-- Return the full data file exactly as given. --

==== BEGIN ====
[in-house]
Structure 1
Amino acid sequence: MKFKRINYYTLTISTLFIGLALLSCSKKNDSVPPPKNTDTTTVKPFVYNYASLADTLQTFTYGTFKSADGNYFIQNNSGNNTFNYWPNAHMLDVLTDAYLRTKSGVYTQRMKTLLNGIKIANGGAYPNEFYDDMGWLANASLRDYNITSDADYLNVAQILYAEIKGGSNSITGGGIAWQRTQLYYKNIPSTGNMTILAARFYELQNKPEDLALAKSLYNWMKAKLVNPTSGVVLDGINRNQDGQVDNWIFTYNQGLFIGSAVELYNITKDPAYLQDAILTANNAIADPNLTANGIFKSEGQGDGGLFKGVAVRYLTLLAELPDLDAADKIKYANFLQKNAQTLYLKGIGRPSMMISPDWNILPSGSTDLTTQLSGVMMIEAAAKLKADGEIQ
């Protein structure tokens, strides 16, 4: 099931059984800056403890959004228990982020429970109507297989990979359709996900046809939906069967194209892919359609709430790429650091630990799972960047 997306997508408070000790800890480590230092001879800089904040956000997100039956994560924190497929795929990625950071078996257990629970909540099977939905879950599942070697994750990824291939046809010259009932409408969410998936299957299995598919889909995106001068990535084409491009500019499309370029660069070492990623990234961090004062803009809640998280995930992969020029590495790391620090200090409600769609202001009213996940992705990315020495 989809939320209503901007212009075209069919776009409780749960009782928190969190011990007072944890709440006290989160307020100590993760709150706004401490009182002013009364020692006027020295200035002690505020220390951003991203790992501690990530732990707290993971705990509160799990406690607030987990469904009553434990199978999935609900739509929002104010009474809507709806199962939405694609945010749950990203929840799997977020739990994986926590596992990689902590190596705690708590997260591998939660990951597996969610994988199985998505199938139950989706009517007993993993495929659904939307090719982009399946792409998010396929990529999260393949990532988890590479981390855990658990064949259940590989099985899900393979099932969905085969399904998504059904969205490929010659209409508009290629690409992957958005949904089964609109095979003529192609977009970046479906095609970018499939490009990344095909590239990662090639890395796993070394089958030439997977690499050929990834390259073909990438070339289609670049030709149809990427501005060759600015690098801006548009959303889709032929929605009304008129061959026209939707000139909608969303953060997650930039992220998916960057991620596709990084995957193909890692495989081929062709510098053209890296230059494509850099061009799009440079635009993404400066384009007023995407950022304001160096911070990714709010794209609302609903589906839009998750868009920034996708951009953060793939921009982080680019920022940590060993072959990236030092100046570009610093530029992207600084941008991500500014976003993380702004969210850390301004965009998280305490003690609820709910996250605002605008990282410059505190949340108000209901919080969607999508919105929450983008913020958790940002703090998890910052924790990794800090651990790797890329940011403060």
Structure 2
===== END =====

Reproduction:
[in-house]
Structure 1
Amino acid sequence: MKFKRINYYTLTISTLFIGLALLSCSKKNDSVPPPKNTDTTTVKPFVYNYASLADTLQTFTYGTFKSADGNYFIQNNSGNNTFNYWPNAHMLDVLTDAYLRTKSGVYTQRMKTLLNGIKIANGGAYPNEFYDDMGWLANASLRDYNITSDADYLNVAQILYAEIKGGSNSITGGGIAWQRTQLYYKNIPSTGNMTILAARFYELQNKPEDLALAKSLYNWMKAKLVNPTSGVVLDGINRNQDGQVDNWIFTYNQGLFIGSAVELYNITKDPAYLQDAILTANNAIADPNLTANGIFKSEGQGDGGLFKGVAVRYLTLLAELPDLDAADKIKYANFLQKNAQTLYLKGIGRPSMMISPDWNILPSGSTDLTTQLSGVMMIEAAAKLKADGEIQ
């Protein structure tokens, strides 16, 4: 099931059984800056403890959004228990982020429970109507297989990979359709996900046809939906069967194209892919359609709430790429650091630990799972960047 997306997508408070000790800890480590230092001879800089904040956000997100039956994560924190497929795929990625950071078996257990629970909540099977939905879950599942070697994750990824291939046809010259009932409408969410998936299957299995598919889909995106001068990535084409491009500019499309370029660069070492990623990234961090004062803009809640998280995930992969020029590495790391620090200090409600769609202001009213996940992705990315020495 989809939320209503901007212009075209069919776009409780749960009782928190969190011990007072944890709440006290989160307020100590993760709150706004401490009182002013009364020692006027020295200035002690505020220390951003991203790992501690990530732990707290993971705990509160799990406690607030987990469904009553434990199978999935609900739509929002104010009474809507709806199962939405694609945010749950990203929840799997977020739990994986926590596992990689902590190596705690708590997260591998939660990951597996969610994988199985998505199938139950989706009517007993993993495929659904939307090719982009399946792409998010396929990529999260393949990532988890590479981390855990658990064949259940590989099985899900393979099932969905085969399904998504059904969205490929010659209409508009290629690409992957958005949904089964609109095979003529192609977009970046479906095609970018499939490009990344095909590239990662090639890395796993070394089958030439997977690499050929990834390259073909990438070339289609670049030709149809990427501005060759600015690098801006548009959303889709032929929605009304008129061959026209939707000139909608969303953060997650930039992220998916960057991620596709990084995957193909890692495989081929062709510098053209890296230059494509850099061009799009440079635009993404400066384009007023995407950022304001160096911070990714709010794209609302609903589906839009998750868009920034996708951009953060793939921009982080680019920022940590060993072959990236030092100046570009610093530029992207600084941008991500500014976003993380702004969210850390301004965009998280305490003690609820709910996250605002605008990282410059505190949340108000209901919080969607999508919105929450983008913020958790940002703090998890910052924790990794800090651990790797890329940011403060």
Structure 2